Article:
Scientists have recently discovered that the layered rocks found in Western Australia have been formed by some of Earth's earliest known life. The rocks in questions are stromatolites situated in the Pilbara Craton of the region. These rocks are formed by the excretions of photosynthetic microbes, and till now scientists believed that the earliest known stromatolites date back 3.43 billion years. But new research has found 3.48-billion-year-old rocks in the same region. The discovery holds importance as it will help space scientists in their quest to find signs of life on Mars, which has similar rock formation.
"The biological structures found in the Dresser Formation are known as stromatolites, which are the preserved remains of 'microbial mats' stacked on top of one another. These mats form when communities of bacteria and other microbes secrete sticky substances that bind them together," the Natural History Museum in the UK said in a press release. Dr Keyron Hickman-Lewis of the museum was part of the study, which has been published in the journal Geology.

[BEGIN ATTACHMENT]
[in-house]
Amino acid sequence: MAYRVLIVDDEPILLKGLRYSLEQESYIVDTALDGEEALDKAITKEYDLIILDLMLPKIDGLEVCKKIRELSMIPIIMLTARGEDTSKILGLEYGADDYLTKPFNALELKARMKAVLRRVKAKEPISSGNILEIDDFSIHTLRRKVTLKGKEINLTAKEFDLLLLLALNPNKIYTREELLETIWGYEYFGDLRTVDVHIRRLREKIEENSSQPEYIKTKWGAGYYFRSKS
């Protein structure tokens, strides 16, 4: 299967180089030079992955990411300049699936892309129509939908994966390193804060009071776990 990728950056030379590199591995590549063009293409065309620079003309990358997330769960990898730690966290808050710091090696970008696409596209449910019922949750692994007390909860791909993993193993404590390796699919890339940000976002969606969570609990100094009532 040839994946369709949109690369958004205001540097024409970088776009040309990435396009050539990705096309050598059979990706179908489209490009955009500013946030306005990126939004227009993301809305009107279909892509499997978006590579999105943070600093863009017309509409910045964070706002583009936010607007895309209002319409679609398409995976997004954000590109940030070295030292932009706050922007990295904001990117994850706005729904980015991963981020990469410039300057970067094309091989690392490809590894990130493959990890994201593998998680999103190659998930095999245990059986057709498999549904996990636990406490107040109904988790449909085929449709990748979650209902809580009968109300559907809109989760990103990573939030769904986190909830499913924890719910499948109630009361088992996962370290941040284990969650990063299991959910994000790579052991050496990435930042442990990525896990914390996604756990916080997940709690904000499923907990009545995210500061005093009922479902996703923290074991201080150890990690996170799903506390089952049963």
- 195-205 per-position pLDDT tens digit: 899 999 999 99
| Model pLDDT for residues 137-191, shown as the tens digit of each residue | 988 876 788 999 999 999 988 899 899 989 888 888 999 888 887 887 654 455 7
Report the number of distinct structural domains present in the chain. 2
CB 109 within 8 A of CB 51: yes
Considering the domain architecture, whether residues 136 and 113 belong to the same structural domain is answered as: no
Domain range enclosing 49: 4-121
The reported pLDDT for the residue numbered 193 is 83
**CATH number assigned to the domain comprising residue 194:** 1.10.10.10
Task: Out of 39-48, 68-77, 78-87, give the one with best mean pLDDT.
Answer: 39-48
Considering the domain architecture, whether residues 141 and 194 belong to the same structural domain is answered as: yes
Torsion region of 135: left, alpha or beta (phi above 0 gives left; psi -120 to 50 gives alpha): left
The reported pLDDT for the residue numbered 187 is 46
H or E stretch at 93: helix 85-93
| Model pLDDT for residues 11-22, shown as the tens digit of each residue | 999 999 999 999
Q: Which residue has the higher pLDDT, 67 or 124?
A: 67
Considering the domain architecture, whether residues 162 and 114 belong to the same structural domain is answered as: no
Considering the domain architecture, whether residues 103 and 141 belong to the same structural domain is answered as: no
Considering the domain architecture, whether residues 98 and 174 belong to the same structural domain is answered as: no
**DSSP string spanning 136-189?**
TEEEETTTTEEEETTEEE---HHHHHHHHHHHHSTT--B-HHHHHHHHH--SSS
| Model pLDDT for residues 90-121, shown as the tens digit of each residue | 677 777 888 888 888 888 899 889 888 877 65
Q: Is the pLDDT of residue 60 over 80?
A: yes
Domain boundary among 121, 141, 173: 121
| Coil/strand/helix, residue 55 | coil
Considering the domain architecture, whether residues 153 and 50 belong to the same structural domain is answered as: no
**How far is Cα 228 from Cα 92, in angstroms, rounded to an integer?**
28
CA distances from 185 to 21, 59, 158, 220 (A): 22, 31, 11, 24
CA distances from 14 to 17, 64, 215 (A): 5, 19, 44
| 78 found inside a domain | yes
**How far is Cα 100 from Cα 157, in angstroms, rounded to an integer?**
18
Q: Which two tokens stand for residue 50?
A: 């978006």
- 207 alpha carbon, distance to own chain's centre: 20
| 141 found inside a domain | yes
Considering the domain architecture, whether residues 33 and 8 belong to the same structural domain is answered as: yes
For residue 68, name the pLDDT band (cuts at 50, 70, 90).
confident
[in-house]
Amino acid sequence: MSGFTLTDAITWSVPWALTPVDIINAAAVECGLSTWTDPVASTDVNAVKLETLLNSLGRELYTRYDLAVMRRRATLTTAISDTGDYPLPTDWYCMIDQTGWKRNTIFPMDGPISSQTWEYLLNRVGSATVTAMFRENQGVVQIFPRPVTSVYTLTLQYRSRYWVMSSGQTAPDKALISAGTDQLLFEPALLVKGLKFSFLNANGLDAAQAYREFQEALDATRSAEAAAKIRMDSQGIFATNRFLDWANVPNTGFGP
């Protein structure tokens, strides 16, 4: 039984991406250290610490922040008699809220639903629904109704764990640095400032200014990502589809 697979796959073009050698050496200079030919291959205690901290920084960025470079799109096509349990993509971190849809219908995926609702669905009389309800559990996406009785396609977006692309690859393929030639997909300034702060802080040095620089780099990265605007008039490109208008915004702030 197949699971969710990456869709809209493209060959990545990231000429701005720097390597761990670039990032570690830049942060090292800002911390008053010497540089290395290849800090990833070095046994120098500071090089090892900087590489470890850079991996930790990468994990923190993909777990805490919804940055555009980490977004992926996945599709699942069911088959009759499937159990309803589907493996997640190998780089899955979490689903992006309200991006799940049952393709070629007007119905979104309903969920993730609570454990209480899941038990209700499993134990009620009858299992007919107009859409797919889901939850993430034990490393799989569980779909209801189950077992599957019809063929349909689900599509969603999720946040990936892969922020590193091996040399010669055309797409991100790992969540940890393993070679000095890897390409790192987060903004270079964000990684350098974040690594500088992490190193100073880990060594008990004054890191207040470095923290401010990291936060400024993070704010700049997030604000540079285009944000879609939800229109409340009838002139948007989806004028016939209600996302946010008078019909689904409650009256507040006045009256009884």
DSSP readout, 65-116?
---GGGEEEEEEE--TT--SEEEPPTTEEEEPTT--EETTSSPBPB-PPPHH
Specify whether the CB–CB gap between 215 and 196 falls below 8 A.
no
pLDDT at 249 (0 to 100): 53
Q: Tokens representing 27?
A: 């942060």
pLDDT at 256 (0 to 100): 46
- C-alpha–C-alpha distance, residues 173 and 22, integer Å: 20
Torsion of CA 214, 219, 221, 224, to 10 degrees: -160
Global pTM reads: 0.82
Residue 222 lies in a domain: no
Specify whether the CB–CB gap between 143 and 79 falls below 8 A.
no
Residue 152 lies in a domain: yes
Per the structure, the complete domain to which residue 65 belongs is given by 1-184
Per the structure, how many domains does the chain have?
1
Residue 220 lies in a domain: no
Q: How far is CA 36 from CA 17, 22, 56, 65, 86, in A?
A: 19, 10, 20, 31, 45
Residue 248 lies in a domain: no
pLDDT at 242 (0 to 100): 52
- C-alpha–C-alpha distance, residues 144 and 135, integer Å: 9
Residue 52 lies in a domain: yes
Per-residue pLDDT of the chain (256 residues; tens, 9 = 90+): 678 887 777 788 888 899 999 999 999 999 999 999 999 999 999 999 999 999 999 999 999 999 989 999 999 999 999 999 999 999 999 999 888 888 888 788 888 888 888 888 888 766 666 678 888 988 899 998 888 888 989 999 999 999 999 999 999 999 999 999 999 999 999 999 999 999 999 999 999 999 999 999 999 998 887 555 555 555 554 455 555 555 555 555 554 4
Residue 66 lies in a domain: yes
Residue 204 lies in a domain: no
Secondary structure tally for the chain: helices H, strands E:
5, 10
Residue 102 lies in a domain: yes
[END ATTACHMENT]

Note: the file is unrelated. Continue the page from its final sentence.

Mr Hickman-Lewis, a paleontologist, said, "If an archaeologist discovered the foundations of a ruined city, they would nonetheless know it was built by people because it would bear all the hallmarks of being built by people - doorways and roads and bricks."
This is the oldest evidence of #LifeOnEarth dating to 3.48 BILLION years ago🤯— Natural History Museum (@NHM_London) November 11, 2022
Scientists have been looking at rocks from 🇦🇺 for evidence of life, in the hope that the same methods can be applied to rocks from #Mars.
Find out how we might detect ancient life on Mars (1/4)🧵 pic.twitter.com/QG5SplaORT
He added, "In very much the same way, there are numerous structural elements integral to stromatolites that allow us to identify their processes of formation and decode their origins. We can almost be archaeologists in deep time."
The latest discovery can help in analysis of Martian samples that will be brought back to Earth in the 2030s. Currently, the Perseverance rover is exploring the surface of the Red Planet near the Jezero crater. Space scientists believe that billons of years ago, the crater hosted a lake.
The layers rocks on Mars are oxidised in a similar way, like the stromatolites in the Dresser Formation. Scientists believe that the rusty orange colour of the rocks on Mars, like the stromatolites, could hold similar clues left behind by ancient Martian life.